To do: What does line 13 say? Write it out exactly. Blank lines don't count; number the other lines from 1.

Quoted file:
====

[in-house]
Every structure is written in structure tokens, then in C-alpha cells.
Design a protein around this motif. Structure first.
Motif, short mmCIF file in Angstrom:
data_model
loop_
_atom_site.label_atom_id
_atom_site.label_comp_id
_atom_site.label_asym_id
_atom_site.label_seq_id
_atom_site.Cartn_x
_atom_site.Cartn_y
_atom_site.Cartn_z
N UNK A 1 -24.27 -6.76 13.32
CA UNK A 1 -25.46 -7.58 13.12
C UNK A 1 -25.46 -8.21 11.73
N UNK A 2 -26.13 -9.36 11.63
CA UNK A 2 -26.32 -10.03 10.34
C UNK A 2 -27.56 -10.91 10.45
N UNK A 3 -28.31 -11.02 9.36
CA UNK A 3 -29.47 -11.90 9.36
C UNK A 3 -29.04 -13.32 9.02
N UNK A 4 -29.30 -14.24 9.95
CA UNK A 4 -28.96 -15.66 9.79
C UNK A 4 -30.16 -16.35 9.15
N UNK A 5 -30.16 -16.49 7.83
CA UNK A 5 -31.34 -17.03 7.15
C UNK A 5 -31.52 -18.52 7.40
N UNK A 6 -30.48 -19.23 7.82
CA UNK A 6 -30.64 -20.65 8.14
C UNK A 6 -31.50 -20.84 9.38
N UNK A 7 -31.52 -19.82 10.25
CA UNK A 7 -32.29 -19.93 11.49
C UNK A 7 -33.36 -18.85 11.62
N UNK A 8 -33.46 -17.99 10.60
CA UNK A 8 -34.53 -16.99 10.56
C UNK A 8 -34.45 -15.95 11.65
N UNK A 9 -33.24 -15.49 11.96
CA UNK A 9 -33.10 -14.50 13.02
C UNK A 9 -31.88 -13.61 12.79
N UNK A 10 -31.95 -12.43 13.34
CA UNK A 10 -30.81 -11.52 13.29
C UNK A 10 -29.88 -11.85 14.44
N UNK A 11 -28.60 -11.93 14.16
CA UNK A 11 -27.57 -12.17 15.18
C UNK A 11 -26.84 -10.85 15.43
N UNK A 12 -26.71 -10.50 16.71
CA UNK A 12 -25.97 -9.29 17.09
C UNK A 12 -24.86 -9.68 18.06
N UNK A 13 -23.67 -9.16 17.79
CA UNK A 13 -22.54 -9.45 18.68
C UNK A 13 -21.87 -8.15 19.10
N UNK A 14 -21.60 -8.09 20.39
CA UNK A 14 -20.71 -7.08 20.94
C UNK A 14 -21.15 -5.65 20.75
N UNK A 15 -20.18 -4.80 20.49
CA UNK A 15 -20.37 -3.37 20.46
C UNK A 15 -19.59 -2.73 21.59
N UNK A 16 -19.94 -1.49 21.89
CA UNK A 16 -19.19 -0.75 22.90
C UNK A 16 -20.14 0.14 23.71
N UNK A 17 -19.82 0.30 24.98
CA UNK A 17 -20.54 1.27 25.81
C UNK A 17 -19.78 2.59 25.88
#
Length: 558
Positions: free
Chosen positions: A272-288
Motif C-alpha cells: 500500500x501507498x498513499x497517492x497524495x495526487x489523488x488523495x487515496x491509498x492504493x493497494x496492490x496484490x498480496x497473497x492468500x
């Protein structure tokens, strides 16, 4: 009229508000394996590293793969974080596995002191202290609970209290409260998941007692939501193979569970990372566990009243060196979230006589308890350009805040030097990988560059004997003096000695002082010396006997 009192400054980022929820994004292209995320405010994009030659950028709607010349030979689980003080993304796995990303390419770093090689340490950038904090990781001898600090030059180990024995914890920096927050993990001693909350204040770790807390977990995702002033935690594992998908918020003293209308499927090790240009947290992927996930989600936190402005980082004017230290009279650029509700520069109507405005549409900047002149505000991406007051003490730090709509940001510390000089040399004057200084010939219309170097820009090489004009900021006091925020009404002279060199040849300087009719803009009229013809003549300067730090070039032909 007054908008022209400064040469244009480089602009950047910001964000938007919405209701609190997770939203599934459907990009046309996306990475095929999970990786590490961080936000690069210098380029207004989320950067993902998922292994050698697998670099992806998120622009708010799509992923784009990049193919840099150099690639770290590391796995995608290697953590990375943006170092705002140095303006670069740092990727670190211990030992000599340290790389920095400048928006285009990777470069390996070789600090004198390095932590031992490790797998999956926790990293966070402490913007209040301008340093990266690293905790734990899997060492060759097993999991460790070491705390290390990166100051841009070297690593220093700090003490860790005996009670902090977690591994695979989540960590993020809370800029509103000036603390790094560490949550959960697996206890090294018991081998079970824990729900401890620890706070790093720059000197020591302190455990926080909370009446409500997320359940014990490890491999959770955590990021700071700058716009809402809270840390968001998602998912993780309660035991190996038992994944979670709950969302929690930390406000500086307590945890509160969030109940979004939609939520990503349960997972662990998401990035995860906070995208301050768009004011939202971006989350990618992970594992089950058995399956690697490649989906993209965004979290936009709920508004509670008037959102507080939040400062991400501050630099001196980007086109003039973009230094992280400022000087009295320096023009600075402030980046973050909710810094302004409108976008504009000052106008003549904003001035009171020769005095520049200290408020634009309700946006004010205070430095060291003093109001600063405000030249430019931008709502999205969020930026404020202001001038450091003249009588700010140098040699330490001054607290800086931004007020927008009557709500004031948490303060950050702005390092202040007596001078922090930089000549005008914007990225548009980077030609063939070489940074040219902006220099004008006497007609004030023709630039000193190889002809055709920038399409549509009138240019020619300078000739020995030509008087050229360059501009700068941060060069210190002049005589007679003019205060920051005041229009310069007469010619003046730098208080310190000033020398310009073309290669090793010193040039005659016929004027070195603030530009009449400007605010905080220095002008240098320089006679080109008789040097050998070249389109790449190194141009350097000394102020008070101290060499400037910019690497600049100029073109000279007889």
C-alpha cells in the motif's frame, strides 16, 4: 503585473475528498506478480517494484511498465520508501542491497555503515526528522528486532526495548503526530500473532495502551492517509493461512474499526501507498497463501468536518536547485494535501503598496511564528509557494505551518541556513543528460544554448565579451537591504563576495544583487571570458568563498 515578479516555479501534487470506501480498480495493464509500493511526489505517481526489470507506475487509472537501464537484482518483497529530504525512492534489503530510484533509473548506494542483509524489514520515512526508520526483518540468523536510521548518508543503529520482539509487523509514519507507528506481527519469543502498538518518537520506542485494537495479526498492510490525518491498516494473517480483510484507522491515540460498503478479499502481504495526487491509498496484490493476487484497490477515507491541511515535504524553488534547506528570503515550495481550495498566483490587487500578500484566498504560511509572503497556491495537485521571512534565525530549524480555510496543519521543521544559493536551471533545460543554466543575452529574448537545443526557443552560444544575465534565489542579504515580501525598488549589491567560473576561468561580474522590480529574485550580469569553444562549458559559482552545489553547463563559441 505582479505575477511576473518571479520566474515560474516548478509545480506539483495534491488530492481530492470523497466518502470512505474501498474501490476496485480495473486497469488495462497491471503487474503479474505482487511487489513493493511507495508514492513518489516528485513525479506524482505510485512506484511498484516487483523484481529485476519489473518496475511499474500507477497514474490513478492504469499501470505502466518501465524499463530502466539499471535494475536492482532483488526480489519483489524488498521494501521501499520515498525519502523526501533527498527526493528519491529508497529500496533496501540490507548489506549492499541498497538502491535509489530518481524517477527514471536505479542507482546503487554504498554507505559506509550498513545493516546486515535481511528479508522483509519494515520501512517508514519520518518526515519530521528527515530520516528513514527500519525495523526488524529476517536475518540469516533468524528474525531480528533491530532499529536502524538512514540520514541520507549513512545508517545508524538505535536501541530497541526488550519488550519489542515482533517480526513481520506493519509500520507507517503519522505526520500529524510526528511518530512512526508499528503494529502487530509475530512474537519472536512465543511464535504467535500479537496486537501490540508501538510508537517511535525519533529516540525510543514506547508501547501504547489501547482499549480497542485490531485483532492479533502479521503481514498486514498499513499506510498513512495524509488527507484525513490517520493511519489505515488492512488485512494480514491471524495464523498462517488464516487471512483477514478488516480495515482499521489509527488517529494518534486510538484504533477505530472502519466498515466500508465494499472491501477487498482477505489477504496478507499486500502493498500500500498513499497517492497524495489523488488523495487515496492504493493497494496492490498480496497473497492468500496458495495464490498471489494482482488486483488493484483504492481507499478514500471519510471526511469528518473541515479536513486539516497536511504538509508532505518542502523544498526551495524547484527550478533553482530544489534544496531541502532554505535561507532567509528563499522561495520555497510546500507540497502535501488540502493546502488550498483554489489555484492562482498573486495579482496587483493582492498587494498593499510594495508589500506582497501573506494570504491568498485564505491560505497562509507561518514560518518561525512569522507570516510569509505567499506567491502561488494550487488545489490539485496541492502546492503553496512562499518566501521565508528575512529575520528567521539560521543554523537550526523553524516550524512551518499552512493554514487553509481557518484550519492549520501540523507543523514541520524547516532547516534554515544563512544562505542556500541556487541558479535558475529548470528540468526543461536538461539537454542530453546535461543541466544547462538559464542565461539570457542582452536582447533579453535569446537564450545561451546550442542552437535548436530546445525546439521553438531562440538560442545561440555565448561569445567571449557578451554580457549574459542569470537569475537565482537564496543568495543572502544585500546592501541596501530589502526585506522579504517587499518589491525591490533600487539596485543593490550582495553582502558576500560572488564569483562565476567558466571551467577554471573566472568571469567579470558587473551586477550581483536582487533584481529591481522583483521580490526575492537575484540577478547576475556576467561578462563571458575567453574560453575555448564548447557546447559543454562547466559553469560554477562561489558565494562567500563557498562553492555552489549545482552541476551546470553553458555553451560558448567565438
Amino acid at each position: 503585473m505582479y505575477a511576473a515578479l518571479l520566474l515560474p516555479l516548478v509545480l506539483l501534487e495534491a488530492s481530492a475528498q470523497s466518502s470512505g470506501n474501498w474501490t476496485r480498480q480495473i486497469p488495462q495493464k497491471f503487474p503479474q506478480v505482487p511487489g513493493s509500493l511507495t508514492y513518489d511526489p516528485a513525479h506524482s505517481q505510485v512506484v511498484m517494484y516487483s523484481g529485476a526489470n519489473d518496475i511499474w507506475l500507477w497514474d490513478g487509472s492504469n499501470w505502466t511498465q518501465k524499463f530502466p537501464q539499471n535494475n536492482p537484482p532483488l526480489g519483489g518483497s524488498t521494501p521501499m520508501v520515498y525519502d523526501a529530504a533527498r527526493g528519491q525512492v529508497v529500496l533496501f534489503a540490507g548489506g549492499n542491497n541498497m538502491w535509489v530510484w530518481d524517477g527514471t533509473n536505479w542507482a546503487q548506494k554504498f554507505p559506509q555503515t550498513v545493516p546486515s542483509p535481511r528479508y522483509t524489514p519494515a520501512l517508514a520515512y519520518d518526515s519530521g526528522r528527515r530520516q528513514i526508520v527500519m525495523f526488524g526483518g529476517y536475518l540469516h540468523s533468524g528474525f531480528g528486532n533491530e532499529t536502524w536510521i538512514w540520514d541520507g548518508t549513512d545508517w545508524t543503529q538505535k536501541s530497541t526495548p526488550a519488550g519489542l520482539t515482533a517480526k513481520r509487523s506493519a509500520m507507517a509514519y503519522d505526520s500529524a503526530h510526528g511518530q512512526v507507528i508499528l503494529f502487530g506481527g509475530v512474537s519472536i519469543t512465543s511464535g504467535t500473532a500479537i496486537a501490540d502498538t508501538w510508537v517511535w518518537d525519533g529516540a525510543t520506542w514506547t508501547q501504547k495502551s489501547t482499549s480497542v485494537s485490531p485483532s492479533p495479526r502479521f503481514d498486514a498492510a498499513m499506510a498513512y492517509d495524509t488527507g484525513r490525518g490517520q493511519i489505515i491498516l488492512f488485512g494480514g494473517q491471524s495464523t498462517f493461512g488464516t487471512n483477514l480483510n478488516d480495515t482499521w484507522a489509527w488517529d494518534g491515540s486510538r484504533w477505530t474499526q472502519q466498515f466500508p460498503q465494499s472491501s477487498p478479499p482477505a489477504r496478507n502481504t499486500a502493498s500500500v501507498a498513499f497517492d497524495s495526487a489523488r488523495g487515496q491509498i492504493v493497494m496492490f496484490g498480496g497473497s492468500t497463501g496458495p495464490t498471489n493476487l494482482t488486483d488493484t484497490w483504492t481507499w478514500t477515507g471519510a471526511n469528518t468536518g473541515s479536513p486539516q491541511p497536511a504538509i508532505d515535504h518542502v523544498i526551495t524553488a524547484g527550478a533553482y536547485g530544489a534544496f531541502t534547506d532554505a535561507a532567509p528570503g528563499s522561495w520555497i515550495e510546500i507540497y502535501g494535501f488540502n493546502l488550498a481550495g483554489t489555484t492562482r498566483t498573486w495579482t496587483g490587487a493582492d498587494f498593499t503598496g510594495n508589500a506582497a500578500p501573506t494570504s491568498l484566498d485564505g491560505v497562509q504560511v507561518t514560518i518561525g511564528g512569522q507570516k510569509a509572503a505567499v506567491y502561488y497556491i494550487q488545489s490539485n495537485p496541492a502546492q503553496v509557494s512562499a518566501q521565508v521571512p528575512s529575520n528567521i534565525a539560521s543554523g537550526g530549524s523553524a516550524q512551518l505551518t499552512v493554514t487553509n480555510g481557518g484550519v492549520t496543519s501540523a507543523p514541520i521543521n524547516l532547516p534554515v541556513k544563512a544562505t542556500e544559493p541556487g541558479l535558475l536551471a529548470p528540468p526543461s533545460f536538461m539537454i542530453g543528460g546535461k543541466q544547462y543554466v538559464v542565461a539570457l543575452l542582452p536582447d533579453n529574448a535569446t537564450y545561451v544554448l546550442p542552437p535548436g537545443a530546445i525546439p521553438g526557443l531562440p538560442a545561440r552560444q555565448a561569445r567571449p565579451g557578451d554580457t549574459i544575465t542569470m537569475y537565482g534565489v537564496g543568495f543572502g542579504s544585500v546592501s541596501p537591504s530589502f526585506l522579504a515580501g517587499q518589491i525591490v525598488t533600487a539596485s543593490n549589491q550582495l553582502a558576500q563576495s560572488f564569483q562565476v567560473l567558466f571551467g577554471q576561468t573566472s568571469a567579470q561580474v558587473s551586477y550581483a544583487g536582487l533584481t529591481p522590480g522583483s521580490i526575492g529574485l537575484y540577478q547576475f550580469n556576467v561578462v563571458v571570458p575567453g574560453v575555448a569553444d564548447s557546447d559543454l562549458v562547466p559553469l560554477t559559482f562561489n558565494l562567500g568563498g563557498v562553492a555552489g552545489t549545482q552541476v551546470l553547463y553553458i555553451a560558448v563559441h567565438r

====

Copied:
_atom_site.Cartn_z